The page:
The city says it could face fines of up to $10,000 a day if it doesn’t meet state and federal water quality mandates for Lake Thunderbird, so it’s trying remedy things fast. Sturtz says the revenue would allow Norman to double its stormwater response.

"By adding that second crew, it means there's going to be more availability for people to get out and help with the ditch clearing, keeping the streams clear, and not have this backlog," Sturtz said.

The plan would cost residents $1.25 for every 1,000 square feet of hard surface area, plus an additional $1 management fee. For most people, that’s an extra $6 a month, but many rural residents saw estimates in the $50-60 range. Tax-exempt organizations like churches and schools won’t pay more than $300 a month.

Norman's Stormwater Utility Fee Estimator

Rard’s projection is $16, and she disputes how the city got that figure. In addition to her driveway, she also has a wooden balcony the city counts as impervious.

“It's decking boards with a quarter-inch gap between them, and I have a garden below it,” Rard said. “That will be one thing that I will have to also ask for a credit for.”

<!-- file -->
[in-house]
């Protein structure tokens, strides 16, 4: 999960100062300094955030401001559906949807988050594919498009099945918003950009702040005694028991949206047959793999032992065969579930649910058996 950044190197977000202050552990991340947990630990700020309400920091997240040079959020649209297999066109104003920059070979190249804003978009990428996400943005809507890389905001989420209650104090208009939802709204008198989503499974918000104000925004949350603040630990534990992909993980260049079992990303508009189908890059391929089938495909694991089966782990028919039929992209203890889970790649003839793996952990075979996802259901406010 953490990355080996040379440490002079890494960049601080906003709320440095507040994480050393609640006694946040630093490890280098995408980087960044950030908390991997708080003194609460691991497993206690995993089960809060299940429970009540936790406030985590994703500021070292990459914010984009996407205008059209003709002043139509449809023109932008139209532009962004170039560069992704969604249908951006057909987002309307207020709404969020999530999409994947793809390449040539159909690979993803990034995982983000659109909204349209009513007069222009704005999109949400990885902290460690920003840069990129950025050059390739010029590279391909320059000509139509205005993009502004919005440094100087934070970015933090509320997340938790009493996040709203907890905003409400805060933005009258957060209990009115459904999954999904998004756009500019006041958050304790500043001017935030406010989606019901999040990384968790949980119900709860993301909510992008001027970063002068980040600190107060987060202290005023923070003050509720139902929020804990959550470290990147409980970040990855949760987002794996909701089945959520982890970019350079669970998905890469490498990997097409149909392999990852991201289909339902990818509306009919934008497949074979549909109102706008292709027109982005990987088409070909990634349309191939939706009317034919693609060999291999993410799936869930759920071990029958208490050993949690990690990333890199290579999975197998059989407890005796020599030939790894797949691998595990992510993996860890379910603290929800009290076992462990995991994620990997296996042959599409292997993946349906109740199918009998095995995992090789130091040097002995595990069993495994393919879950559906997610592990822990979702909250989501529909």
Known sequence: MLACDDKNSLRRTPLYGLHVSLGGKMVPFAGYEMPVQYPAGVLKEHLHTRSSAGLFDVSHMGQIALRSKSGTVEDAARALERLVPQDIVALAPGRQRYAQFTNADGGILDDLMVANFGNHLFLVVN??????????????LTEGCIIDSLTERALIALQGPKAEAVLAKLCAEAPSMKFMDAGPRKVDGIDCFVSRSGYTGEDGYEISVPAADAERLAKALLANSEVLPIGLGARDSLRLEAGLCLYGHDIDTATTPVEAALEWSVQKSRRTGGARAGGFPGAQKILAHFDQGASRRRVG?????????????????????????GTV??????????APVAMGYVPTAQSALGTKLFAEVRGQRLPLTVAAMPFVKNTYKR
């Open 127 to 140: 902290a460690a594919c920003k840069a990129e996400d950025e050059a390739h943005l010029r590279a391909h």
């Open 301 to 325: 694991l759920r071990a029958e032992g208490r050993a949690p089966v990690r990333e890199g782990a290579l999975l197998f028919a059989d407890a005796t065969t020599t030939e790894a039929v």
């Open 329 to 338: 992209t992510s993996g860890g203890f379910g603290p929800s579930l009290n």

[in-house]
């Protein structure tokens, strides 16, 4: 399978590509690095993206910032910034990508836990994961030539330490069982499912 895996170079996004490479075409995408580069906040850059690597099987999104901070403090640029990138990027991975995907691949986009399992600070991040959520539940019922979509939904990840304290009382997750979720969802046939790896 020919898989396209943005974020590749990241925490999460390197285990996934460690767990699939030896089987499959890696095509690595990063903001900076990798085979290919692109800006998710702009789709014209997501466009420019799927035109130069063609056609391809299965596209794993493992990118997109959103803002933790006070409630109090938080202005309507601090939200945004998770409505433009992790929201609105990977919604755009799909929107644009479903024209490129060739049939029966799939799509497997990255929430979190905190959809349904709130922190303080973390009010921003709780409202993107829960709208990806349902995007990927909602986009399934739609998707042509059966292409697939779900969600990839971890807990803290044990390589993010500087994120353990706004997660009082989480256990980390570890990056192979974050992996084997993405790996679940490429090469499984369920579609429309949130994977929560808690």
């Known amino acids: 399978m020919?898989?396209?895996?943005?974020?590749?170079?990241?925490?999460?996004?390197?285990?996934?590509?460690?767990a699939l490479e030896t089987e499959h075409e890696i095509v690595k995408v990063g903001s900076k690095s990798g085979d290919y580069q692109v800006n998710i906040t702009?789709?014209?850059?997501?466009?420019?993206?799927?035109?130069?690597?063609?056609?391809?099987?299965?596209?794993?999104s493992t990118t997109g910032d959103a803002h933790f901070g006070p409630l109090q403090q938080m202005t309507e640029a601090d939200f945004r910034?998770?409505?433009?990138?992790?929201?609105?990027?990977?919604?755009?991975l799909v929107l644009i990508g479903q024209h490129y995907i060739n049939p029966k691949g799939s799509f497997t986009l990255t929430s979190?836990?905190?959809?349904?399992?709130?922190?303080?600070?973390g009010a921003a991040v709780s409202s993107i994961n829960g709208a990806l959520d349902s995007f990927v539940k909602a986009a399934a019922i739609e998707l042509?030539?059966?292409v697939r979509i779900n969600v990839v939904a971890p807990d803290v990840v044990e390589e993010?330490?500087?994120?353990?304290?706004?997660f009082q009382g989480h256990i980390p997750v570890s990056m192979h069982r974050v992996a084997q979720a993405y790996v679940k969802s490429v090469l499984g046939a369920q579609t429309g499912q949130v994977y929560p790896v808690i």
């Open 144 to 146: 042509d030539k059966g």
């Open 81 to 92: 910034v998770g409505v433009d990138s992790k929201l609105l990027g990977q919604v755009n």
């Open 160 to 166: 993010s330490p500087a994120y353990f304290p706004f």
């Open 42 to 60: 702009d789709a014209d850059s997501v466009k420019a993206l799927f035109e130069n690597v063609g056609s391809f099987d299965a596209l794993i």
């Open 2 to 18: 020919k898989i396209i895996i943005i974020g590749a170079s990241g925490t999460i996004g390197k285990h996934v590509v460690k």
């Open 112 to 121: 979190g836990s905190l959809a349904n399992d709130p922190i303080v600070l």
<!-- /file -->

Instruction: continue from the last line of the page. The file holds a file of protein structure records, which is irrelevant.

Most of Norman’s data come from aerial mapping, and there will be an appeals process for incorrect measurements, misidentification of impervious surface area, or property improvements if the proposal is approved. The city says the plan will raise about $5 million during its first year. That money will go to maintaining stormwater pipelines, complying with regulatory requirements, and neighborhood maintenance and flood relief projects.

“There are pipes that are over 90 years old that we've never been able to look at and inspect, because we don't have the money to even buy the camera equipment to get down into these pipe and see what the problems are,” Bierman said.

Norman resident Rebecca Bean, who's in favor of the stormwater utility plan, asks a question during an August 15, 2016 public meeting in the city council chambers.
Credit Brian Hardzinski / KGOU
Norman resident Rebecca Bean, who's in favor of the stormwater utility plan, asks a question during an August 15, 2016 public meeting in the city council chambers.

At a contentious town meeting last Monday, several rural residents voiced their concerns – about $40 utility bills for residents who don’t use city water, to whether the utility hike should be classified as a “tax,” to the runoff created by large homes on small, residential lots.

Watch the August 15 public meeting on the stormwater utility proposal

Bierman hopes the city will offer some exemptions to rural residents who have better water stewardship practices than urban dwellers.